Thefactssurrounding Phil Ivey's remarkable win at baccarat at Crockfords Casino in Mayfair, and the subsequent refusal of Crockfordsto pay his winnings, has been an open secret in the game protection community over the last8 months. Finally, the secret is out and we can talk about it: Phil Ivey did, in fact, use edge sorting to beat their baccarat. Here is the story in the U.K. Daily Mail:

Gambler won £7.8m by 'reading' the back of cards: How tiny flaw in deck design could have given poker star the upper hand

From what I understand, Ivey did not see the first four cards before making his betting decision. He only saw the first (top) card out of the shoe. This is equivalent to hole-carding baccarat. If the card is low (0,1,2,3,4,5), make a Banker bet, if it is a high card (6,7,8,9) make a Player bet.

Here ismyblog article,"Edge Sorting in Baccarat," describing the method Ivey used to beat baccarat. Ivey knew if the first card was high or low, giving him a 6.765% edge over the house. This article may also be helpful: "Baccarat: The Known Card."

If nothing more than edge sortingtook place, then the money belongs to the APs. I do not know a jurisdiction where edge sorting has been explicitly singled out as an illegal activity; a form of cheating. If it isn't cheating, then pay up. In Nevada, those casinosthat got hit in the last couple of years paid up (as far as I know).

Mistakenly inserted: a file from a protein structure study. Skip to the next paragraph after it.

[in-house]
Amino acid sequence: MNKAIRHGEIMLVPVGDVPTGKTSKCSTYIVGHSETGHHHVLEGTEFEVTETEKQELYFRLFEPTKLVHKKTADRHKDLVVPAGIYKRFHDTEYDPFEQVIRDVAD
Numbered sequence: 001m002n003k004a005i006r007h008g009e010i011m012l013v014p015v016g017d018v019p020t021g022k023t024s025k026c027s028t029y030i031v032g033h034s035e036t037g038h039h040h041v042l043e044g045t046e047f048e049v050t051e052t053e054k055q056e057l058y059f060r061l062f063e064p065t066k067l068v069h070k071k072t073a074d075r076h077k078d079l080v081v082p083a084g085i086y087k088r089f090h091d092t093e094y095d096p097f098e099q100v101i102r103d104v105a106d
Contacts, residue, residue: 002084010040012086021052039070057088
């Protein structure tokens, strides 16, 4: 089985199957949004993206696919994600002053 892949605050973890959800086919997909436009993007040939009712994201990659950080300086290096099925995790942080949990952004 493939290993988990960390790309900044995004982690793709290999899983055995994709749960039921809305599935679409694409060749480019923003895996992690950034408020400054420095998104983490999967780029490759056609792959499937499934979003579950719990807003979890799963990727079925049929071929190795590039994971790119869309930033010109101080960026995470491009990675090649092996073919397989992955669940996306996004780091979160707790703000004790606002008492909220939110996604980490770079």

However, in the Ivey case, there may be other details coming out that cloud the issue. Until all the facts are known in this case so that issues of cheating can be put to rest, I can't take a stand one way or the other. And until the facts are fullyknown, it is at bestwhimsy to even argue the point.

There are a number of ways a casino can protect itself from edge sorting:

  • Inspect the cards. Are they sortable?
  • Include a turn in every shuffle.
  • For pitch games, do the turn after a riffle.
  • Don'tneglect the turn oncarnival games or games that use automatic shufflers.
  • Don't let big players socially engineer the games.

Received his Ph.D. in Mathematics from the University of Arizona in 1983. Eliot has been a Professor of both Mathematics and Computer Science. Eliot retired from academia in 2009. Eliot Jacobson